Here is a (very high-level) breakdown of how Esh computes similarity:
- Decomposing the procedure into strands: We decompose procedures into smaller segments (we refer to as strands), which are feasible to compare, and try to use semantically similar strands from one procedure to compose the other.
- Pairwise semantic comparison: We use a program verifier to check whether two strands are semantically equivalent by assuming input equivalence and checking if intermediate and output values are the same (this is essentially the demo you played with). When they are not equivalent, we define a quantitative notion of strand similarity based on the proportion of matching values to the total number of values in the strand. To allow for this semantic comparison, we translate the assembly code segments to higher level BoogieIR.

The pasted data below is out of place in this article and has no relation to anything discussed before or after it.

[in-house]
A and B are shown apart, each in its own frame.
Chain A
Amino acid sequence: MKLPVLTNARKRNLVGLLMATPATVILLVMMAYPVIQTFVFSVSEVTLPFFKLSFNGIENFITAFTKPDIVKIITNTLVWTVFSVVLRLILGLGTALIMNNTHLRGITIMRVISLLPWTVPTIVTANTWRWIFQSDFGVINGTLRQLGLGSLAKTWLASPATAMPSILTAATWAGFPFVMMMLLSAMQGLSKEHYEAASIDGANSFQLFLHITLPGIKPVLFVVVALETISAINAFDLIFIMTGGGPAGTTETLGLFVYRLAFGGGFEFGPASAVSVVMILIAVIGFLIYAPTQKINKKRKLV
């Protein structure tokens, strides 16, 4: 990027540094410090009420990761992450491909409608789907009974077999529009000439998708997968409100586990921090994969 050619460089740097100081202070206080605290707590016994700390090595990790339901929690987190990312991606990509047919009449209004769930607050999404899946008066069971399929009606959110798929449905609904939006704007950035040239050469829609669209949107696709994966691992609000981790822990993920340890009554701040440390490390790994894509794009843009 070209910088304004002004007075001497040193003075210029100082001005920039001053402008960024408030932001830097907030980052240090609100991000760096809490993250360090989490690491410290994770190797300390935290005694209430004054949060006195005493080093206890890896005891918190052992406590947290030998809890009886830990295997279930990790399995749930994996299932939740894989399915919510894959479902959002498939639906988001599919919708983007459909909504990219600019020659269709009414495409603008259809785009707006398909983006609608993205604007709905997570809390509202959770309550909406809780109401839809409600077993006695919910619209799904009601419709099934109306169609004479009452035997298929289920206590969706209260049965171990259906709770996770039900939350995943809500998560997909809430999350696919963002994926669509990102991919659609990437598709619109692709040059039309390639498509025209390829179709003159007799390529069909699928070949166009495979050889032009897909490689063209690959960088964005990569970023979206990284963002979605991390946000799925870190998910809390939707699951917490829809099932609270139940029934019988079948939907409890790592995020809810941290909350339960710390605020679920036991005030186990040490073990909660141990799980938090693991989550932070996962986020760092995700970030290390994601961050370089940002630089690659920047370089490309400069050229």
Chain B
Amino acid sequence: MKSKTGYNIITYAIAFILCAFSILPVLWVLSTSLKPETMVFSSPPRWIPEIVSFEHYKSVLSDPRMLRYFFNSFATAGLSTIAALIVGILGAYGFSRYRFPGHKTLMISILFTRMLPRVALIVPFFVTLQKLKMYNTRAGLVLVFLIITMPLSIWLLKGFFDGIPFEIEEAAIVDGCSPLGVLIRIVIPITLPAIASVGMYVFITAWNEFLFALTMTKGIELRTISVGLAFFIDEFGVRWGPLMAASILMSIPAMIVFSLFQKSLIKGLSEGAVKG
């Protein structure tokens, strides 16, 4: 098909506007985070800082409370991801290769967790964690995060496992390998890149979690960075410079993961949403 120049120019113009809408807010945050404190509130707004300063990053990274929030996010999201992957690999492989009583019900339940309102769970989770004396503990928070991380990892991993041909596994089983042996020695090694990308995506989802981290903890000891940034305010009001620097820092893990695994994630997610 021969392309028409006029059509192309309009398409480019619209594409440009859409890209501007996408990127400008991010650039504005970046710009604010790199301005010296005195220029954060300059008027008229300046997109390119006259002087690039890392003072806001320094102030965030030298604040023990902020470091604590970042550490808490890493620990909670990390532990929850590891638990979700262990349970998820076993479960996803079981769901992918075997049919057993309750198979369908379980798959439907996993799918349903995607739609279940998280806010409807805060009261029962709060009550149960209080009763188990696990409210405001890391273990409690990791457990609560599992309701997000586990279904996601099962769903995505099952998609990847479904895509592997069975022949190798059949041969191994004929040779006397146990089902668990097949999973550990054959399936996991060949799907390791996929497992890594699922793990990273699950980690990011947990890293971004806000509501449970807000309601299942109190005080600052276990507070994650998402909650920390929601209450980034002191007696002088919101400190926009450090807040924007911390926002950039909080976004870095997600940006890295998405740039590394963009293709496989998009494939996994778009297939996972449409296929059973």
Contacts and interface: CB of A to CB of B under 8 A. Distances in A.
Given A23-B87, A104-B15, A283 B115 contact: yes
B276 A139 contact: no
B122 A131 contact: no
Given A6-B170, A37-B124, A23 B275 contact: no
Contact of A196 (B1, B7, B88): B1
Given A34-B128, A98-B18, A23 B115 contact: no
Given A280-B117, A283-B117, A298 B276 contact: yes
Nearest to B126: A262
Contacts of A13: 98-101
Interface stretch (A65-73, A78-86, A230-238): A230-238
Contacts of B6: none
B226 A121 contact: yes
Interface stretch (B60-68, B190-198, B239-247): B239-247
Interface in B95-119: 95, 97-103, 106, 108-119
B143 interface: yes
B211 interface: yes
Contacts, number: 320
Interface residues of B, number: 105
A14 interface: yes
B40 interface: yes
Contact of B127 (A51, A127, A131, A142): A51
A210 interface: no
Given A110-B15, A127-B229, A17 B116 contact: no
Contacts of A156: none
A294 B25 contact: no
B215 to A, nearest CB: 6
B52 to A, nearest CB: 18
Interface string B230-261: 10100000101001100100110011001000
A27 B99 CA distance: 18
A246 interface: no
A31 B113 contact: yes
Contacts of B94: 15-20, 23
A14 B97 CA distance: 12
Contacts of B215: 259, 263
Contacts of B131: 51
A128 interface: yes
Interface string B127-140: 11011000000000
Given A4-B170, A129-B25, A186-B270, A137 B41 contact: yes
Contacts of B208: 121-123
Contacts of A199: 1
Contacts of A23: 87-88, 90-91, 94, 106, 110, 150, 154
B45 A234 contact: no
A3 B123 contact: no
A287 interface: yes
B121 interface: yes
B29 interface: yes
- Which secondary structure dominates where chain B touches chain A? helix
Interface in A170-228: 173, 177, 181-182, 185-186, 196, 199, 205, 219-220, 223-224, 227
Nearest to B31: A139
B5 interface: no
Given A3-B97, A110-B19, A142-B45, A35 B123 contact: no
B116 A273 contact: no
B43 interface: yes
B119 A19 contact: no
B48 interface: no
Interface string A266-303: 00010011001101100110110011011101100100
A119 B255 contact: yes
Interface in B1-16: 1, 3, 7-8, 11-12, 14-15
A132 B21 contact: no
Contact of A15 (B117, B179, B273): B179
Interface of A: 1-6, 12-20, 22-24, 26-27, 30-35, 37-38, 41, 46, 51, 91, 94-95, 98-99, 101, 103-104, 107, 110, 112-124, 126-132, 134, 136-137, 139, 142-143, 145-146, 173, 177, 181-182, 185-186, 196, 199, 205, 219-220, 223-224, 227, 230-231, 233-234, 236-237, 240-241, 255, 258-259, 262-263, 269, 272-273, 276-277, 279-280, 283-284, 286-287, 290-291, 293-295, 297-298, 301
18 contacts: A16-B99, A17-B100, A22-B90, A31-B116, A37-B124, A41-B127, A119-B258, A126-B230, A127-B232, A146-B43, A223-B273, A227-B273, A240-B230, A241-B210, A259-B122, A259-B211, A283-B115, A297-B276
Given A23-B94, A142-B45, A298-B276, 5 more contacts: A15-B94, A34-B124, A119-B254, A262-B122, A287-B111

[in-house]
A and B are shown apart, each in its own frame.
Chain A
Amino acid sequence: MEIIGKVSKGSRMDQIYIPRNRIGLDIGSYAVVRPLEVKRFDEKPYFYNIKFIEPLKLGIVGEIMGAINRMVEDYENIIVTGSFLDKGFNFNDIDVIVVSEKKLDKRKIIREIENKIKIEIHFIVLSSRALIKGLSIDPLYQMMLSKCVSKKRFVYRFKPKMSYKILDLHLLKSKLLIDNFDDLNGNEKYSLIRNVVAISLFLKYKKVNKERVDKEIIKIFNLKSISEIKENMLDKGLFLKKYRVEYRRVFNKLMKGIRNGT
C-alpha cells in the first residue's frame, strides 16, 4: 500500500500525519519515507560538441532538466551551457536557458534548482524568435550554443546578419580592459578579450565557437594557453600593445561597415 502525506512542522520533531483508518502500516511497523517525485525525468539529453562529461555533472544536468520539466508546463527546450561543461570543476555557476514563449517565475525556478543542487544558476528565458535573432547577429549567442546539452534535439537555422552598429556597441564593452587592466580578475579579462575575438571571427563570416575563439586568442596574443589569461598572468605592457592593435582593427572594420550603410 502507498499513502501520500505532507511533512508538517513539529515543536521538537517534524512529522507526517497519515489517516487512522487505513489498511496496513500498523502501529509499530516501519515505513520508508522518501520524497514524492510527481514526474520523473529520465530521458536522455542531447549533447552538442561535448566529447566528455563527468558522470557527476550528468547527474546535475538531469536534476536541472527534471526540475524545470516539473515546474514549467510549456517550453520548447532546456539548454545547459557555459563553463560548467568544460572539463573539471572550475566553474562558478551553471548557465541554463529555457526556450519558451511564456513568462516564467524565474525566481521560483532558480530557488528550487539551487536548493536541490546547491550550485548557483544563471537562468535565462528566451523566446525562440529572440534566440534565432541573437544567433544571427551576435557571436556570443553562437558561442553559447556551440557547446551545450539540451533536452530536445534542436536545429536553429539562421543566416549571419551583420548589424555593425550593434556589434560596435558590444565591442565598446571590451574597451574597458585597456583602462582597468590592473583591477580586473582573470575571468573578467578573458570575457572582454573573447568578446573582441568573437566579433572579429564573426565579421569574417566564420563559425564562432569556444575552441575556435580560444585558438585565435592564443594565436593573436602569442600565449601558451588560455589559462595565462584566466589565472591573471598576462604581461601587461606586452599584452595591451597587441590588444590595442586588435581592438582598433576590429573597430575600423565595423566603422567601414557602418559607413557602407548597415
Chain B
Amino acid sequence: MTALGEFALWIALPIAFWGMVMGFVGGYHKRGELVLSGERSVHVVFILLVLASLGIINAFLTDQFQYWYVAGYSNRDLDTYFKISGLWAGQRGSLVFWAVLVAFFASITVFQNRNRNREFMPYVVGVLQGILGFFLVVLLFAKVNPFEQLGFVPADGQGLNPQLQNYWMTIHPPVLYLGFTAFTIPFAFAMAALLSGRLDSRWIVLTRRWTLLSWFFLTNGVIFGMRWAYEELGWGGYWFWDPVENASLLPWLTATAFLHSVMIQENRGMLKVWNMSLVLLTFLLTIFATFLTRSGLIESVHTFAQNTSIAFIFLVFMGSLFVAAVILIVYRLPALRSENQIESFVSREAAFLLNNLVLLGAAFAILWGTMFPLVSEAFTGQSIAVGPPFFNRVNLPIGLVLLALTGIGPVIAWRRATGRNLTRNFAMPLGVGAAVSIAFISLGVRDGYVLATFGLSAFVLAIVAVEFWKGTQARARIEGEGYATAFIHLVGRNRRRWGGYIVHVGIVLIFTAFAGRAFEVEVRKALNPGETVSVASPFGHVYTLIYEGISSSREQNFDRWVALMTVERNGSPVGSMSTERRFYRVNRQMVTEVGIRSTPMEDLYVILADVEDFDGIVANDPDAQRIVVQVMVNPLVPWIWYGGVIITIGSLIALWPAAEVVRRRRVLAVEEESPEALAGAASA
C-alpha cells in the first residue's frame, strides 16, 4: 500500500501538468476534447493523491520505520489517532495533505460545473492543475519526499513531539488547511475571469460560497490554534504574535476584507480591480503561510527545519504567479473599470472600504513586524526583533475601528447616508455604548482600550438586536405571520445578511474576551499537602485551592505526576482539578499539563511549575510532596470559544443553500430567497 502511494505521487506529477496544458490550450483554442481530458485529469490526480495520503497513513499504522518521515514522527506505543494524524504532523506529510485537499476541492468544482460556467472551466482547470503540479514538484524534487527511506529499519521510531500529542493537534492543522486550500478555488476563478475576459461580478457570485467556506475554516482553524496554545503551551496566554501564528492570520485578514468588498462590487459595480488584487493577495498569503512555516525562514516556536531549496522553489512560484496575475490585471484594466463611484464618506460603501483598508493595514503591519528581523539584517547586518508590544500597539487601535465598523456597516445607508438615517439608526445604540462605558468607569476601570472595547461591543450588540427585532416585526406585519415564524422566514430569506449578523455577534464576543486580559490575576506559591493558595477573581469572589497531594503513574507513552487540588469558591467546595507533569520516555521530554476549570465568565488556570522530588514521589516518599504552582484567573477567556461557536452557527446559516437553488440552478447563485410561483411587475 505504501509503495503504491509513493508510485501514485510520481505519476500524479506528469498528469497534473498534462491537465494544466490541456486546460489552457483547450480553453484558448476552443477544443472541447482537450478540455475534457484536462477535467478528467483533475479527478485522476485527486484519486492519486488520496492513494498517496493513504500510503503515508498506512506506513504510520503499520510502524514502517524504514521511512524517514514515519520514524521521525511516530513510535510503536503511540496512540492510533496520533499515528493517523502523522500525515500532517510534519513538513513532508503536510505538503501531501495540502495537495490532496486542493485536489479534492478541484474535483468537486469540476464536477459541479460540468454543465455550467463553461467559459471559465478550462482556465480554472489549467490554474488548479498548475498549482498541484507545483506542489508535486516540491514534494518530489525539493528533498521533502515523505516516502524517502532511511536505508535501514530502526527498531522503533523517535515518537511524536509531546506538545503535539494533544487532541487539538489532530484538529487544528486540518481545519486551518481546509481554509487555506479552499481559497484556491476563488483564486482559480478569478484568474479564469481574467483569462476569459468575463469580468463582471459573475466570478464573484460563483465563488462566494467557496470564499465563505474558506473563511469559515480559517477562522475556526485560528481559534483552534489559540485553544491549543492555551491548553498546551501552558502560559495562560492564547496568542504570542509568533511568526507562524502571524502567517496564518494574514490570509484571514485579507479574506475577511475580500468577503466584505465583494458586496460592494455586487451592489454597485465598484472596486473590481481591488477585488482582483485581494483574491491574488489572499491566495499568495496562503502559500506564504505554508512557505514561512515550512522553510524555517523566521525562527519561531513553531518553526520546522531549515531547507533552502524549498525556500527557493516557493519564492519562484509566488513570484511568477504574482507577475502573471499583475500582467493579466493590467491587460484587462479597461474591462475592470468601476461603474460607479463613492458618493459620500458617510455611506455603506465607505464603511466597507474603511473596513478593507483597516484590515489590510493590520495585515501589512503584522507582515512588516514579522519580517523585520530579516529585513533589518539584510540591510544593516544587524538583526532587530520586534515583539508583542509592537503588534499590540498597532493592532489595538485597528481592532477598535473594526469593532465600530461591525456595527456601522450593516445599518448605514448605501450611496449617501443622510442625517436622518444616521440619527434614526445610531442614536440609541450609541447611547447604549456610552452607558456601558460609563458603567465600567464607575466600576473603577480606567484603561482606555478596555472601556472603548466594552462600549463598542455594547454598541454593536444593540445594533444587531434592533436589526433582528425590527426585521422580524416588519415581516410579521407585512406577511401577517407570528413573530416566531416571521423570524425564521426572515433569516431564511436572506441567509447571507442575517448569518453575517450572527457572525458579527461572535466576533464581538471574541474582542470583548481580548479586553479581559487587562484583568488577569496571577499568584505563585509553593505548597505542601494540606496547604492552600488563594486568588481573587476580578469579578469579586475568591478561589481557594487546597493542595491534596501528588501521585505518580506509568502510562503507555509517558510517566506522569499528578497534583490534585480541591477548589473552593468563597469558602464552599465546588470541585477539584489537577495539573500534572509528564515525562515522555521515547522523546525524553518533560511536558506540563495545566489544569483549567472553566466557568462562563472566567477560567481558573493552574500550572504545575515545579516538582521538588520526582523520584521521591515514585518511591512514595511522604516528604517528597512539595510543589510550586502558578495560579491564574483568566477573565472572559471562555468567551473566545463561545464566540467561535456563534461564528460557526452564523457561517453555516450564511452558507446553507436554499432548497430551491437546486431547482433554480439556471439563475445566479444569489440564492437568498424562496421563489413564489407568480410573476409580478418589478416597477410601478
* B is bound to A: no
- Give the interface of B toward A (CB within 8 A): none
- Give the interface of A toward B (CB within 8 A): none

- Statistical reasoning over strands: We compute whole-procedure similarity using local similarity between strands and applying statistical reasoning. A matching pair of strands is not enough to suggest similarity, we also require statistical evidence. A key aspect of our statistical framework is that we amplify matches of unique strands, and dampen the significance of “common” strands (with respect to the target database examined) as they are less indicative of similarity.